Today would have been the 110th birthday of one of South Shields' most famous ever residents.
Dame Catherine Cookson was born in the town on June 27, 1906, and went on to become the UK's most widely read novelist with her tales of life in South Tyneside.
Here are a few facts about her on the big day:
1. She was born Catherine Ann McMullen - but registered as Catherine Ann Davies - at 5 Leam Lane, in Tyne Dock, and was known as Kate as a child.
2. She later moved to Jarrow, which would become the setting of her novel The Fifteen Streets.
3. Dame Catherine was the illegitimate child of an alcoholic named Kate Fawcett. She grew up thinking her unmarried mother was her sister and was raised by her grandparents Rose and John MucMullen.
4. Her biological father was tracked down by biographer Kathleen Jones who discovered he was a bigamist and gambler named Alexander Davies, and hailed from Lanarkshire.
5. After leaving school at the age of 14, she took a laundry job at Harton Workhouse, in her home town, and in 1929 she moved south to run the laundry at Hastings Workhouse. She saved up to buy a large Victorian house and took in lodgers to help pay for it.
6. She married Hastings Grammar School teacher Tom Cookson in June 1940, at the age of 34, and the couple experienced much heartache as Dame Catherine suffered four miscarriages late in her pregnancies. It was discovered she was suffering from a rare vascular disease that caused anaemia, and she suffered a mental breakdown, taking more than a decade to recover.
7. Dame Catherine first took up writing as a form of therapy to help her deal with her depression.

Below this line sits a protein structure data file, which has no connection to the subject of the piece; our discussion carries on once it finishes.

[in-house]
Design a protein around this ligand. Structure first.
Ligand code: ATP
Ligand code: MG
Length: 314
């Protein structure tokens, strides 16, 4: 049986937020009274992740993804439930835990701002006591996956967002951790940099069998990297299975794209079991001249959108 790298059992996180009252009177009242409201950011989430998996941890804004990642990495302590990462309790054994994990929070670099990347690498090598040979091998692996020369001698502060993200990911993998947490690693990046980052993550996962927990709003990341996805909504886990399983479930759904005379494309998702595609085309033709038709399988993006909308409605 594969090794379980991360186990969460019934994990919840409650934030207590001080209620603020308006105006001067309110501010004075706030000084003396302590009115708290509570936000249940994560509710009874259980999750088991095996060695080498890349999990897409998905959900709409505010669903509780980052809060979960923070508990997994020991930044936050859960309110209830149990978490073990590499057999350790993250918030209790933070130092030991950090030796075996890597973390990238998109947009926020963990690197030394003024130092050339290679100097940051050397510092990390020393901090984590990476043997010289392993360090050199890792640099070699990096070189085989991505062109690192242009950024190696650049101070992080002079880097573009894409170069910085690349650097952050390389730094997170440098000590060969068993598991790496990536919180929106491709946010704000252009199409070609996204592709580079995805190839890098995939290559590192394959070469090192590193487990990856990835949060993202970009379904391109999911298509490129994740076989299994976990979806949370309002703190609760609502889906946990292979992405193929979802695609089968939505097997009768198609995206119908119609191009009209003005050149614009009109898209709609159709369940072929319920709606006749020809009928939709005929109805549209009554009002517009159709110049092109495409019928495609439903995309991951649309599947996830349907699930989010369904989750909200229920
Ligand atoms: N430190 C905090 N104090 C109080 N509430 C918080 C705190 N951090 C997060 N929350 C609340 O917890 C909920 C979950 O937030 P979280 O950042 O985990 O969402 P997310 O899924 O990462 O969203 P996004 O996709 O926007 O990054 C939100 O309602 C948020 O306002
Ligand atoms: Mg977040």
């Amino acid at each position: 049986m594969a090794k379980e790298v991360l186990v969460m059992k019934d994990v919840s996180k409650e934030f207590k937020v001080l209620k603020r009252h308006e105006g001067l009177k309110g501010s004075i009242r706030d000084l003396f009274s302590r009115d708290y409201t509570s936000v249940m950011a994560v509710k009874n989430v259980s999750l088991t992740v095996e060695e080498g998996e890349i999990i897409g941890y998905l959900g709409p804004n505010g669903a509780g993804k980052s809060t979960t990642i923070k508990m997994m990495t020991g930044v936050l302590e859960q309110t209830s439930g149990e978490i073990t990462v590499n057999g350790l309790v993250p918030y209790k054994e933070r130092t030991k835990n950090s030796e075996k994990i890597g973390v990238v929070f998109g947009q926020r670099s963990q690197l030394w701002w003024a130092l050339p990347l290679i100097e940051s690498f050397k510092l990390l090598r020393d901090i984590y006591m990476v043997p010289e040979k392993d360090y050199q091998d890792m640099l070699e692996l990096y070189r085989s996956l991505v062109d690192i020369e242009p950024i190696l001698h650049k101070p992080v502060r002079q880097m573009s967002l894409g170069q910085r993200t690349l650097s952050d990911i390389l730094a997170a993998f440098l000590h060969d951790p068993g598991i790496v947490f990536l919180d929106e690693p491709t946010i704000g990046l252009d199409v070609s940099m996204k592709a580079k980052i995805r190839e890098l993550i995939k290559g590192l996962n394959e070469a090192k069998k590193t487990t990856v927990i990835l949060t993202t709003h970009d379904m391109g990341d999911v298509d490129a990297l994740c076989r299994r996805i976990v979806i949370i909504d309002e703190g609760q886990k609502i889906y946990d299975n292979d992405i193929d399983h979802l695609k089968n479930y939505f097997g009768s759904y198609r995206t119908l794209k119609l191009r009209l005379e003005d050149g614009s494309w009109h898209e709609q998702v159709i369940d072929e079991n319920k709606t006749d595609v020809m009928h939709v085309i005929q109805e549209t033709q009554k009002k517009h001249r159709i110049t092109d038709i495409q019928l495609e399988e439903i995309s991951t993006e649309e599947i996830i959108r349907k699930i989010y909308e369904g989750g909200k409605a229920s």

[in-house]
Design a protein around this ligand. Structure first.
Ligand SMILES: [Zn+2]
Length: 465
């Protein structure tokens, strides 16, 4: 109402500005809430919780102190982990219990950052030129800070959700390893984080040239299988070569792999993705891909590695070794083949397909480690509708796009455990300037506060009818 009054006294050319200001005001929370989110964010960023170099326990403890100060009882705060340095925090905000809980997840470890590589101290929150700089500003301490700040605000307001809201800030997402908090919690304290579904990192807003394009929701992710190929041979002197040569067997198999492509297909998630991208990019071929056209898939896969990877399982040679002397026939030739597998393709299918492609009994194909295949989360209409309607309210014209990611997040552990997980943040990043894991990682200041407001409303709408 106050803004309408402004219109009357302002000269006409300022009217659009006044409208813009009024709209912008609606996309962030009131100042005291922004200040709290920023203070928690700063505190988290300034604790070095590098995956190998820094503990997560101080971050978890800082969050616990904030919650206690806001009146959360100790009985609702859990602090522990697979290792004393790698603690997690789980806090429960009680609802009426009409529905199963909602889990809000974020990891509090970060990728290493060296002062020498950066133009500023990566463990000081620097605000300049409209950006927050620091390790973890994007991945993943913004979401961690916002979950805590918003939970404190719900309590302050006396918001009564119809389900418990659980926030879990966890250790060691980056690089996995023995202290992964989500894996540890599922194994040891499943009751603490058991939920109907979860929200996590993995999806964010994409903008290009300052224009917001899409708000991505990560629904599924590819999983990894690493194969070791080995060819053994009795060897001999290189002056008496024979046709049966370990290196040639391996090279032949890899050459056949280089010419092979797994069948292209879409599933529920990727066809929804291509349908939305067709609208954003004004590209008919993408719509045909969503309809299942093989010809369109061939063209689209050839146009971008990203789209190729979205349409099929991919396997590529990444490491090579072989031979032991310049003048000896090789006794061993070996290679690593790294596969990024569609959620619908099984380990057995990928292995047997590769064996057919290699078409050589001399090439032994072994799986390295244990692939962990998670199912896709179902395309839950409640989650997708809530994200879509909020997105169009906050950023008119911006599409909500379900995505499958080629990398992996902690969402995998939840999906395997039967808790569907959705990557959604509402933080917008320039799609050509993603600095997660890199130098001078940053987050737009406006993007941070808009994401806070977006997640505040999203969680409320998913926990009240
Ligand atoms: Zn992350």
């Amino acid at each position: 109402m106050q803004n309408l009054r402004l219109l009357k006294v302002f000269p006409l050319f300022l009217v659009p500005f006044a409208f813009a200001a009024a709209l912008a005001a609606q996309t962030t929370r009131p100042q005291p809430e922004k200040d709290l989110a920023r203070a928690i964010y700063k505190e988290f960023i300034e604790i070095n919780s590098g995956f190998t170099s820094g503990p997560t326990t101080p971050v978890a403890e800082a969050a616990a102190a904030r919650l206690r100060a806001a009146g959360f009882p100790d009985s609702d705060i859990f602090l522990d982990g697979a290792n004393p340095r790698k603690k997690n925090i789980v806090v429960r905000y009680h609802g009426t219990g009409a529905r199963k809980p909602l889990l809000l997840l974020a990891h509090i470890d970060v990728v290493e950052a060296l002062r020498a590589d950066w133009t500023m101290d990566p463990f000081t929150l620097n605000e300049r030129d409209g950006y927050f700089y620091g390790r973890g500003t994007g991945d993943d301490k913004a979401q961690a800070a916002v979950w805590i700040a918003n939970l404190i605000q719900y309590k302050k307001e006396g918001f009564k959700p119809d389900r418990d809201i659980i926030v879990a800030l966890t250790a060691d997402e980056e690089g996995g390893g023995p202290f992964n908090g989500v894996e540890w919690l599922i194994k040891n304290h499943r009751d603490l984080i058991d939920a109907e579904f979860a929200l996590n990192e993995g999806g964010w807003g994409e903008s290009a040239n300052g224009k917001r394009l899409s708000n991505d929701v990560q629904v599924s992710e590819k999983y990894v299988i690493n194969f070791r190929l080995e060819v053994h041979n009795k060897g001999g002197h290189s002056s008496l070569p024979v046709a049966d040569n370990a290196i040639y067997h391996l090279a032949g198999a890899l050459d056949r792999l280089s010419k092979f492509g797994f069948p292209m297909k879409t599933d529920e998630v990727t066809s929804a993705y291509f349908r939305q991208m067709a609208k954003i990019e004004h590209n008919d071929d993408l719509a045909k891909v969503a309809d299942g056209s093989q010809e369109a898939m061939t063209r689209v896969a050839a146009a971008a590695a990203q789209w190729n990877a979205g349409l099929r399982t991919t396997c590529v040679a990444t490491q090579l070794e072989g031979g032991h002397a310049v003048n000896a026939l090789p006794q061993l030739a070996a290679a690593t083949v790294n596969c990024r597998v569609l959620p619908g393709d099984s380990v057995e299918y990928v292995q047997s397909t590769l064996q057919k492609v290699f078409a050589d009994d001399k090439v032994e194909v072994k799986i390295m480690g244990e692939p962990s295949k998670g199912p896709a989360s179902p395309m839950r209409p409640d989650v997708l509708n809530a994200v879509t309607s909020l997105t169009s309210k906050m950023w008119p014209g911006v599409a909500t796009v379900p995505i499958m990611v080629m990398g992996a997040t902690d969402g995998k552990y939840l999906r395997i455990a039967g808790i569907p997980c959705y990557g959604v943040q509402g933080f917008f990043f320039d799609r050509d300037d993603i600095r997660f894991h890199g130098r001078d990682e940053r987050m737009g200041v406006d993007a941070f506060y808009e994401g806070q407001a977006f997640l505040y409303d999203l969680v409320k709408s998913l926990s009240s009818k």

8. Her first book, Kate Hannigan, was published in 1950, and she went on to write nearly 80 more. Her books were translated into 17 languages and sold more than 100 million copies.
9. Many of her books have been transferred to stage, film and radio. The first film, Jacqueline, based on her novel A Grand Man was released in 1956.
10. Television later latched onto the idea and 18 books were adapted for TV between 1990 and 2001. The first was The Fifteen Streets, starring Sean Bean, which was nominated for an Emmy award in 1990.
11. Mini series The Black Velvet Gown, which regularly attracted audience of over 10 million, won an International Emmy for Best Drama in 1991.
12. The writer was made on Officer of the Order of the British Empire (OBE) in 1985 and was elevated to Dame Commander of the Order of the British Empire in 1993.
13. She was also given Freedom of the borough of South Tyneside, an honorary degree from the University of Newcastle, named Writer of the Year by the Variety Club of Great Britain and voted Personality of the North East.
14. In later life, Dame Catherine and her husband returned to the North East. In 1989, she suffered two heart attacks and was forced to move to a bungalow in Jesmond.
15. She died at the age of 91 on June 11, 1998, just 16 days before her 92nd birthday. She was survived by Tom for just 17 days.
16. Dame Catherine continued to write novels from her sickbed, and the continued to be published posthumously until 2002.